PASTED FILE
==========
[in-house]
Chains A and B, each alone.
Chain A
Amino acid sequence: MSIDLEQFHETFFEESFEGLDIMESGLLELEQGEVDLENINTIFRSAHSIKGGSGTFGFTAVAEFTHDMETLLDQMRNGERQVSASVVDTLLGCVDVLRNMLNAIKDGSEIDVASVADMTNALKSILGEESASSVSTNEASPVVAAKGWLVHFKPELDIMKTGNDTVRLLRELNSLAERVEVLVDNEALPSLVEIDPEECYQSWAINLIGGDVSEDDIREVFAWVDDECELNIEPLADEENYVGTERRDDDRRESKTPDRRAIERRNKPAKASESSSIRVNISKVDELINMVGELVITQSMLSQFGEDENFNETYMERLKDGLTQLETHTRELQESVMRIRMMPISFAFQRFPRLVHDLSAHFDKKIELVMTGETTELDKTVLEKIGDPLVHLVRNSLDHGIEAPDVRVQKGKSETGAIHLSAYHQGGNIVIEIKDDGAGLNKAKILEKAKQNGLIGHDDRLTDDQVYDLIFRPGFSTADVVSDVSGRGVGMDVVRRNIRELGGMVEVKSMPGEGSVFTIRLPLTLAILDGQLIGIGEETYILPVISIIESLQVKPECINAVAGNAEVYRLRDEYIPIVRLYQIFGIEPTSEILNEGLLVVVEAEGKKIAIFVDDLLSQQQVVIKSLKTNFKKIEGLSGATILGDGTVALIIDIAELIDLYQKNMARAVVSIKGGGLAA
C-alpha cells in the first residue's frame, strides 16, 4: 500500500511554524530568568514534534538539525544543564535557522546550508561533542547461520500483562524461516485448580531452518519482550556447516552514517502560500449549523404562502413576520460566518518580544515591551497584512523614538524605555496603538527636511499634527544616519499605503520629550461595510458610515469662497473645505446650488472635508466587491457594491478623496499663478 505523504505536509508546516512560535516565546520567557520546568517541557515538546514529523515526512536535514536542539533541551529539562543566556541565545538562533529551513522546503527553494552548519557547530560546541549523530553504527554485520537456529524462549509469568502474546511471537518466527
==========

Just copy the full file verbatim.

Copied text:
[in-house]
Chains A and B, each alone.
Chain A
Amino acid sequence: MSIDLEQFHETFFEESFEGLDIMESGLLELEQGEVDLENINTIFRSAHSIKGGSGTFGFTAVAEFTHDMETLLDQMRNGERQVSASVVDTLLGCVDVLRNMLNAIKDGSEIDVASVADMTNALKSILGEESASSVSTNEASPVVAAKGWLVHFKPELDIMKTGNDTVRLLRELNSLAERVEVLVDNEALPSLVEIDPEECYQSWAINLIGGDVSEDDIREVFAWVDDECELNIEPLADEENYVGTERRDDDRRESKTPDRRAIERRNKPAKASESSSIRVNISKVDELINMVGELVITQSMLSQFGEDENFNETYMERLKDGLTQLETHTRELQESVMRIRMMPISFAFQRFPRLVHDLSAHFDKKIELVMTGETTELDKTVLEKIGDPLVHLVRNSLDHGIEAPDVRVQKGKSETGAIHLSAYHQGGNIVIEIKDDGAGLNKAKILEKAKQNGLIGHDDRLTDDQVYDLIFRPGFSTADVVSDVSGRGVGMDVVRRNIRELGGMVEVKSMPGEGSVFTIRLPLTLAILDGQLIGIGEETYILPVISIIESLQVKPECINAVAGNAEVYRLRDEYIPIVRLYQIFGIEPTSEILNEGLLVVVEAEGKKIAIFVDDLLSQQQVVIKSLKTNFKKIEGLSGATILGDGTVALIIDIAELIDLYQKNMARAVVSIKGGGLAA
C-alpha cells in the first residue's frame, strides 16, 4: 500500500511554524530568568514534534538539525544543564535557522546550508561533542547461520500483562524461516485448580531452518519482550556447516552514517502560500449549523404562502413576520460566518518580544515591551497584512523614538524605555496603538527636511499634527544616519499605503520629550461595510458610515469662497473645505446650488472635508466587491457594491478623496499663478 505523504505536509508546516512560535516565546520567557520546568517541557515538546514529523515526512536535514536542539533541551529539562543566556541565545538562533529551513522546503527553494552548519557547530560546541549523530553504527554485520537456529524462549509469568502474546511471537518466527